Scientists work to end satellite constellation interference

A research team has established a new International Astronomical Union Centre to protect the dark sky from satellite constellation interference.

What issues are caused by satellite constellation interference?

Stargazing in urban areas typically means interference from streetlights, or lights from nearby towns. However, from a scientific perspective, the concern amounts from the cosmic disruption for researchers and others in the space industry.

“With the advent of more affordable launch options large-scale commercial use of space has become a reality,” explained Siegfried Eggl, co-lead of the study, and faculty member in the Department of Aerospace Engineering at the University of Illinois Urbana-Champaign. “As with so many ambitious projects, the increased presence of tens of thousands of artificial satellites in low-Earth orbit comes with challenges.

“For example, sunlight reflected off solar sails causes satellites to be bright enough to be visible with the naked eye. At times, those satellites are brighter than most stars on the sky. Because they are also fast moving, they pose a significant challenge to ground-based astronomy, but they may also affect wildlife relying on a starry sky to navigate.”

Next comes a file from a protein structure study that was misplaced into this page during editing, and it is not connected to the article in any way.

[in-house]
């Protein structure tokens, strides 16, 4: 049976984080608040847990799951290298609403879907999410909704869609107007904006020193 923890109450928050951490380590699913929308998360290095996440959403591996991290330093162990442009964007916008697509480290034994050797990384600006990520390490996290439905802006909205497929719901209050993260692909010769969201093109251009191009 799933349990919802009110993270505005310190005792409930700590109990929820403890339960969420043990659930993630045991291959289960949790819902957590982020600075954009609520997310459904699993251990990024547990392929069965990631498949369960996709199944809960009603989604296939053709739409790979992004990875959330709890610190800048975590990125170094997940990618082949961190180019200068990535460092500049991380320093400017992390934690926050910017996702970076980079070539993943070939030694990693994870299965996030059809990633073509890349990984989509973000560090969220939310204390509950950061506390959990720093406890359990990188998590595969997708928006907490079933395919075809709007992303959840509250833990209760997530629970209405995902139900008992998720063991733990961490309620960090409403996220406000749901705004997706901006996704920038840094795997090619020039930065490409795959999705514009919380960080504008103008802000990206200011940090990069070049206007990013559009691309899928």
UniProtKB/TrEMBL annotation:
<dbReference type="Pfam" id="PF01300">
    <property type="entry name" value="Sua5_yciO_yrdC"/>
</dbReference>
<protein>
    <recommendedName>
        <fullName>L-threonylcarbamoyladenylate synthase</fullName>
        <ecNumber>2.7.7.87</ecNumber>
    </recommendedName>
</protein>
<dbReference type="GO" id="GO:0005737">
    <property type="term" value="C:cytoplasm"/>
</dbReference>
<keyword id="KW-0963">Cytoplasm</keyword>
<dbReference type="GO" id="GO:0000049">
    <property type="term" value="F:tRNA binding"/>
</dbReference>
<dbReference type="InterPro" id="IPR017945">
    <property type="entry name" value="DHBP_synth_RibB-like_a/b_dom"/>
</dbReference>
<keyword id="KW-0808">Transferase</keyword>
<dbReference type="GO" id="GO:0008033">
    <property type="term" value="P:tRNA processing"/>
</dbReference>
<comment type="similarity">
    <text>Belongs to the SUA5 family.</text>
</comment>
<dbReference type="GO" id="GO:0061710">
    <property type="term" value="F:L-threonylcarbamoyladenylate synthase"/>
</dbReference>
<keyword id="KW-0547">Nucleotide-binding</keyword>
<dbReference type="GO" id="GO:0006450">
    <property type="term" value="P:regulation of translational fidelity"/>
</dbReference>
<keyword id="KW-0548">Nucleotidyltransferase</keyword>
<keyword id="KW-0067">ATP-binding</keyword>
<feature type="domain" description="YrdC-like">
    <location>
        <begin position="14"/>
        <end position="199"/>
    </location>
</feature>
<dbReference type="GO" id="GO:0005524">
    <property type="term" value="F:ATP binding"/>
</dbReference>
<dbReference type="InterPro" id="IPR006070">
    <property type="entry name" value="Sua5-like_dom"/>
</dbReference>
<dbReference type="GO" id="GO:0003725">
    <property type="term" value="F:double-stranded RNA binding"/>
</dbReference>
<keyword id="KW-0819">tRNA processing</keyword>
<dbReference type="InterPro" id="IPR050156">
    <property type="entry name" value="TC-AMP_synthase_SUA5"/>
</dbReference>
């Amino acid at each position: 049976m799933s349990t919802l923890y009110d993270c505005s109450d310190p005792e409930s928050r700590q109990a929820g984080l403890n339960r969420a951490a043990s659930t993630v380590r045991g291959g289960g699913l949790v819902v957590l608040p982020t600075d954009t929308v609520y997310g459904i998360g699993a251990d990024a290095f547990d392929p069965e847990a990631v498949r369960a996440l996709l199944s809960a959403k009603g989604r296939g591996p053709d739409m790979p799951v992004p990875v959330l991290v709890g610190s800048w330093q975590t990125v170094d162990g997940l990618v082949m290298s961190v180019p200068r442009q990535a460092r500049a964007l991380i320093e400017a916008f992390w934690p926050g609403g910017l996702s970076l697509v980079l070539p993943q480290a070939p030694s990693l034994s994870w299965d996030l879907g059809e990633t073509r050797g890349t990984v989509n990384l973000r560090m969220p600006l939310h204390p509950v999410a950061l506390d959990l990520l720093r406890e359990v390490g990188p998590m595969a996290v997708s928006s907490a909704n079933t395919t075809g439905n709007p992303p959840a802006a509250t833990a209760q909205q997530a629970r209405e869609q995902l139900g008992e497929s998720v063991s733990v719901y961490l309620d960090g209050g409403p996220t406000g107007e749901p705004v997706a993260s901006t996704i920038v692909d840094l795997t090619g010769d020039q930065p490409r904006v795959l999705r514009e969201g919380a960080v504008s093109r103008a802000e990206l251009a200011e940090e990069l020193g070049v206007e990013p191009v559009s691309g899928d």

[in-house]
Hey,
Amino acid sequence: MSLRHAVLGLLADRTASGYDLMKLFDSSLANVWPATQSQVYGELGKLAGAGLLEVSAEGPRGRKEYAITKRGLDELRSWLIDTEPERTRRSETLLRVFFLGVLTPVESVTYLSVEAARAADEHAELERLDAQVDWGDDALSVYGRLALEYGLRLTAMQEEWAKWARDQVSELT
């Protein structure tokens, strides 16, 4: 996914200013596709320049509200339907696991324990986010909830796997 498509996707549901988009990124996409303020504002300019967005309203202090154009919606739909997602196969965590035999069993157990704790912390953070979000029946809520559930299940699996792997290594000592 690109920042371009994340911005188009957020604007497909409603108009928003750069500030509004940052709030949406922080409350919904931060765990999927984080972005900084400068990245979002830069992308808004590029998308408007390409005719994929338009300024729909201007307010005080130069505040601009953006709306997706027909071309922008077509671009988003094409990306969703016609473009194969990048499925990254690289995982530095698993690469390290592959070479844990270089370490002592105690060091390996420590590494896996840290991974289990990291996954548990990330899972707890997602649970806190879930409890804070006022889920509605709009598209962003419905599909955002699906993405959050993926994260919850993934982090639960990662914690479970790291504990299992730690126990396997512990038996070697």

What benefits are anticipated from the new centre?

The intention for the new centre is to bring all stakeholders together, so that practical solutions can be proposed and employed, inevitably minimising the potential adverse impacts of ‘mega-constellations.’

“UIUC is one of the main contributors to the new centre,” Eggl added. “This speaks to the trust the international community puts in us to create links between aerospace industry, astronomers, regulators, and other stake holders.”

Eggl will coordinate the UIUC’s attempted propositions for the centre and develop software that can help to better understand the impact of satellite mega-constellations on large astronomical surveys, such as, the upcoming ‘Legacy Survey of Space and Time’ conducted at the Vera C. Rubin Observatory.

“In particular, I will study how constellations affect our ability to spot potentially hazardous asteroids and work with aerospace industry to mitigate any potentially negative effects to the largest possible extent,” Eggl commented.

“This astronomical survey ended just as the satellite constellations began to grow in earnest,” concluded Robert Gruendl, co-lead, and production scientist for the Dark Energy Survey at NCSA. “The camera used for that survey, DECam, continues to operate at the Cerro Tololo Inter-American Observatory in Chile. We can use the infrastructure developed for the Dark Energy Survey to monitor the impact as the satellite constellations grow and to test strategies for mitigating their impact.”

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